The politics of this book doesn’t lie either side of the labour/conservative left/right debate. Its about perceived safety of the group vs the rights of the individual. No one in the UK has the right to a vote or to protest, the media is all owned by the government and the news is carefully filtered, journalists have been imprisoned for following certain stories about the terrorists or have ‘disappeared’. All of these changes happened slowly and with the consent of the public and the government had permission from the king to stay in power for as long as is needed to defeat the terrorists and make the country safe again. ‘Battle Ground‘ is an innately political book but because it is not about the normal political lines it causes everyone with their different views on Brexit and Europe to think about things. In fact the only thing in the book that hints at the current political climate in the UK is a line about the original rebels being pro-Europe, the PM being a woman and the new ‘Margaret Thatcher’ (which incidentally was out of date a day after it was published when Boris Johnson became the new PM and leader of the Conservative Party) and Scotland gaining independence because they didn’t like what they saw.
Why I read it
I was offered a copy for review for this blog tour but said yea because it sounded interesting. I’ve read a lot of dystopian rebel stories but none that are slightly pre-dystpia where you watch the government turn into a full dictatorship.
Plus I just like stories where it turns out the rebels are the good guys… or at least not entirely bad
I met the publishers at YALC this year and they were lovely, plus they recognised the name of my little blog – which is super cool.
I didn’t have any preconceptions when starting this book, in fact I had almost forgotten about it in the lead up to YALC and the NEWTS until I checked my diary to see what I had in the next couple of weeks. And although I would definitely not recommending doing that what it did mean was I’d forgotten the synopsis when I started it so I went in with completely fresh eyes. This book really forces you to challenge yourself and think about what you prioritise and what you would sacrifice, I’m not normally a fan of the present tense but I only noticed it here 1/3 of the way through which shows that the story and the pace definitely needs it.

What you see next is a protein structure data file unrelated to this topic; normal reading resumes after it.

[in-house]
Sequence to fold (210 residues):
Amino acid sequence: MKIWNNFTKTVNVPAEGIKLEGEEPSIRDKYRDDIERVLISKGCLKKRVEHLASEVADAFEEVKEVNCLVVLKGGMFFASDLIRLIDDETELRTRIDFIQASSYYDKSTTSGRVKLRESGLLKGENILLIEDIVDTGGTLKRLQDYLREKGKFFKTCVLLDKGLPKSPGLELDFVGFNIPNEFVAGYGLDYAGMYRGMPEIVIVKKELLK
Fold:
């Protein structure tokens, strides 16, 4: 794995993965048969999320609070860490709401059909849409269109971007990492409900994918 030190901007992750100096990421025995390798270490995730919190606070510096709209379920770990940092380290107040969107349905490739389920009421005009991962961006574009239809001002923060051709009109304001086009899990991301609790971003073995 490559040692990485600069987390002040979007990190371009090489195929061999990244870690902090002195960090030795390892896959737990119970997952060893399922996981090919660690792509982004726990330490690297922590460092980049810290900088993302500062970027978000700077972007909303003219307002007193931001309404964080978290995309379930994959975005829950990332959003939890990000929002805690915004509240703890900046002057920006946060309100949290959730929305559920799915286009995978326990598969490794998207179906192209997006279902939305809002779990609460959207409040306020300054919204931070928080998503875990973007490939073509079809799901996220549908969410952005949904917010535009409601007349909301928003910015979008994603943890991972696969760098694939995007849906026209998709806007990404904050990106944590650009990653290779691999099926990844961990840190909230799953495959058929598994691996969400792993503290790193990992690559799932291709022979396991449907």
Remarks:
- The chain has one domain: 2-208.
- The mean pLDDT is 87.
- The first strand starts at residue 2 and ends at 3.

Would I read again? Maybe. I’m looking forward to the 2nd book, reading the prequel (which I got at YALC) but I don’t know if I’d go back and read the first one again. The dates for the later books are fairly close together so I wouldn’t even need to read it to remind myself what happened
Am I glad I read it? Yes
Did I enjoy it? Yes
Would I recommend? Yes
Reading challenges 2019
Popsugar: Should be turned into a movie (actually I think this has real potential for a YA TV series so it’s a bit of a fudge); Published 2019; Two word title.
Rachel Churcher was born between the last manned moon landing, and the first orbital Space Shuttle mission. She remembers watching the launch of STS-1, and falling in love with space flight, at the age of five. She fell in love with science fiction shortly after that, and in her teens she discovered dystopian fiction. In an effort to find out what she wanted to do with her life, she collected degrees and other qualifications in Geography, Science Fiction Studies, Architectural Technology, Childminding, and Writing for Radio.
She has worked as an editor on national and in-house magazines; as an IT trainer; and as a freelance writer and artist. She has renovated several properties, and has plenty of horror stories to tell about dangerous electrics and nightmare plumbers. She enjoys reading, travelling, stargazing, and eating good food with good friends – but nothing makes her as happy as writing fiction.
Her first published short story appeared in an anthology in 2014, and the Battle Ground series is her first long-form work. Rachel lives in East Anglia, in a house with a large library and a conservatory full of house plants. She would love to live on Mars, but only if she’s allowed to bring her books.
Thanks again to Rachel for organising the blog tour, to the publishers for knowing the name of my blog when I saw them on Friday at YALC, and to the author for writing it.
Once again I wouldn’t recommend starting the book 4 days before the blog tour, especially when you know you will have next to no time to read it let alone write the review.
P.S This week you’ll have a minimum of 3 more blog posts… YALC round-up, July round up, and my NEWTS plan!